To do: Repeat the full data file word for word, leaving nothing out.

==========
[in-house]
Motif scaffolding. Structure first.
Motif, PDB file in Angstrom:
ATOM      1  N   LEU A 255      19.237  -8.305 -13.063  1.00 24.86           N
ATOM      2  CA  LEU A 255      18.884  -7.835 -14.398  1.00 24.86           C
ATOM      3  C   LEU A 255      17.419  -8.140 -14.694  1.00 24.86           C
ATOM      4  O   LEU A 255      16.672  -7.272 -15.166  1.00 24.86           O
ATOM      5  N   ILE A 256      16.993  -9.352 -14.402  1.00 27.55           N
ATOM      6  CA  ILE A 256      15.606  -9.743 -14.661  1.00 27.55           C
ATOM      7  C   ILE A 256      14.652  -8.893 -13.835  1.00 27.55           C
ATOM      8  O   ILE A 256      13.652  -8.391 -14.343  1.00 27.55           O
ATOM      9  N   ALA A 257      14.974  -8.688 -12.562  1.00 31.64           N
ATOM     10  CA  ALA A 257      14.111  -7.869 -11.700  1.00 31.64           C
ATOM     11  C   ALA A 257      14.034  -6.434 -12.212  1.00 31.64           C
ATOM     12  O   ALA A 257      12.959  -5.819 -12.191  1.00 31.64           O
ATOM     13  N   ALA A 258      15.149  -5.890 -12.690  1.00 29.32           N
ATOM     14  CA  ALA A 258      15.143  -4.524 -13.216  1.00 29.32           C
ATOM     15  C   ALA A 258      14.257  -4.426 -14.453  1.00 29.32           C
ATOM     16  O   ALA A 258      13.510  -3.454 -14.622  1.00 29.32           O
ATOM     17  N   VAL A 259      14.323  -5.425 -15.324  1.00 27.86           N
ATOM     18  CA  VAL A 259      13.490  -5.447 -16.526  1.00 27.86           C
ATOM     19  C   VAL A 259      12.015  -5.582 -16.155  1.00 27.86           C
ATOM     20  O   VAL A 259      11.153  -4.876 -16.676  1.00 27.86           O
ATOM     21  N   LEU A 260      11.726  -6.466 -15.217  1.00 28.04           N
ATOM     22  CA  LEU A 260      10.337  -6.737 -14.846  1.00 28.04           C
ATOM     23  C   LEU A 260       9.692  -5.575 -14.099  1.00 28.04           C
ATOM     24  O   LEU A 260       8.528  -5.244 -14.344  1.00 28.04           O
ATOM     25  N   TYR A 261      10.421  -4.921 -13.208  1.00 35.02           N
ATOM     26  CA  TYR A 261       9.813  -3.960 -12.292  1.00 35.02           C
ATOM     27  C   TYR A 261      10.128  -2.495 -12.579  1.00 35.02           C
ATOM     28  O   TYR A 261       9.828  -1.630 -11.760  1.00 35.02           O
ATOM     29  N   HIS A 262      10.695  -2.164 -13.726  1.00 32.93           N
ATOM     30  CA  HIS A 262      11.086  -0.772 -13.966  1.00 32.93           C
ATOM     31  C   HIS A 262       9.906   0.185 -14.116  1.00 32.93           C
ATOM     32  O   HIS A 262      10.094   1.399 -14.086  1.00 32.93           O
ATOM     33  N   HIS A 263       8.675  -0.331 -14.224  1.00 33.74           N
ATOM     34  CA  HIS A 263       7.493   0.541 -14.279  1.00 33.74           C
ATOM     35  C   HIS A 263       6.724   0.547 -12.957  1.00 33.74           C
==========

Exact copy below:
[in-house]
Motif scaffolding. Structure first.
Motif, PDB file in Angstrom:
ATOM      1  N   LEU A 255      19.237  -8.305 -13.063  1.00 24.86           N
ATOM      2  CA  LEU A 255      18.884  -7.835 -14.398  1.00 24.86           C
ATOM      3  C   LEU A 255      17.419  -8.140 -14.694  1.00 24.86           C
ATOM      4  O   LEU A 255      16.672  -7.272 -15.166  1.00 24.86           O
ATOM      5  N   ILE A 256      16.993  -9.352 -14.402  1.00 27.55           N
ATOM      6  CA  ILE A 256      15.606  -9.743 -14.661  1.00 27.55           C
ATOM      7  C   ILE A 256      14.652  -8.893 -13.835  1.00 27.55           C
ATOM      8  O   ILE A 256      13.652  -8.391 -14.343  1.00 27.55           O
ATOM      9  N   ALA A 257      14.974  -8.688 -12.562  1.00 31.64           N
ATOM     10  CA  ALA A 257      14.111  -7.869 -11.700  1.00 31.64           C
ATOM     11  C   ALA A 257      14.034  -6.434 -12.212  1.00 31.64           C
ATOM     12  O   ALA A 257      12.959  -5.819 -12.191  1.00 31.64           O
ATOM     13  N   ALA A 258      15.149  -5.890 -12.690  1.00 29.32           N
ATOM     14  CA  ALA A 258      15.143  -4.524 -13.216  1.00 29.32           C
ATOM     15  C   ALA A 258      14.257  -4.426 -14.453  1.00 29.32           C
ATOM     16  O   ALA A 258      13.510  -3.454 -14.622  1.00 29.32           O
ATOM     17  N   VAL A 259      14.323  -5.425 -15.324  1.00 27.86           N
ATOM     18  CA  VAL A 259      13.490  -5.447 -16.526  1.00 27.86           C
ATOM     19  C   VAL A 259      12.015  -5.582 -16.155  1.00 27.86           C
ATOM     20  O   VAL A 259      11.153  -4.876 -16.676  1.00 27.86           O
ATOM     21  N   LEU A 260      11.726  -6.466 -15.217  1.00 28.04           N
ATOM     22  CA  LEU A 260      10.337  -6.737 -14.846  1.00 28.04           C
ATOM     23  C   LEU A 260       9.692  -5.575 -14.099  1.00 28.04           C
ATOM     24  O   LEU A 260       8.528  -5.244 -14.344  1.00 28.04           O
ATOM     25  N   TYR A 261      10.421  -4.921 -13.208  1.00 35.02           N
ATOM     26  CA  TYR A 261       9.813  -3.960 -12.292  1.00 35.02           C
ATOM     27  C   TYR A 261      10.128  -2.495 -12.579  1.00 35.02           C
ATOM     28  O   TYR A 261       9.828  -1.630 -11.760  1.00 35.02           O
ATOM     29  N   HIS A 262      10.695  -2.164 -13.726  1.00 32.93           N
ATOM     30  CA  HIS A 262      11.086  -0.772 -13.966  1.00 32.93           C
ATOM     31  C   HIS A 262       9.906   0.185 -14.116  1.00 32.93           C
ATOM     32  O   HIS A 262      10.094   1.399 -14.086  1.00 32.93           O
ATOM     33  N   HIS A 263       8.675  -0.331 -14.224  1.00 33.74           N
ATOM     34  CA  HIS A 263       7.493   0.541 -14.279  1.00 33.74           C
ATOM     35  C   HIS A 263       6.724   0.547 -12.957  1.00 33.74           C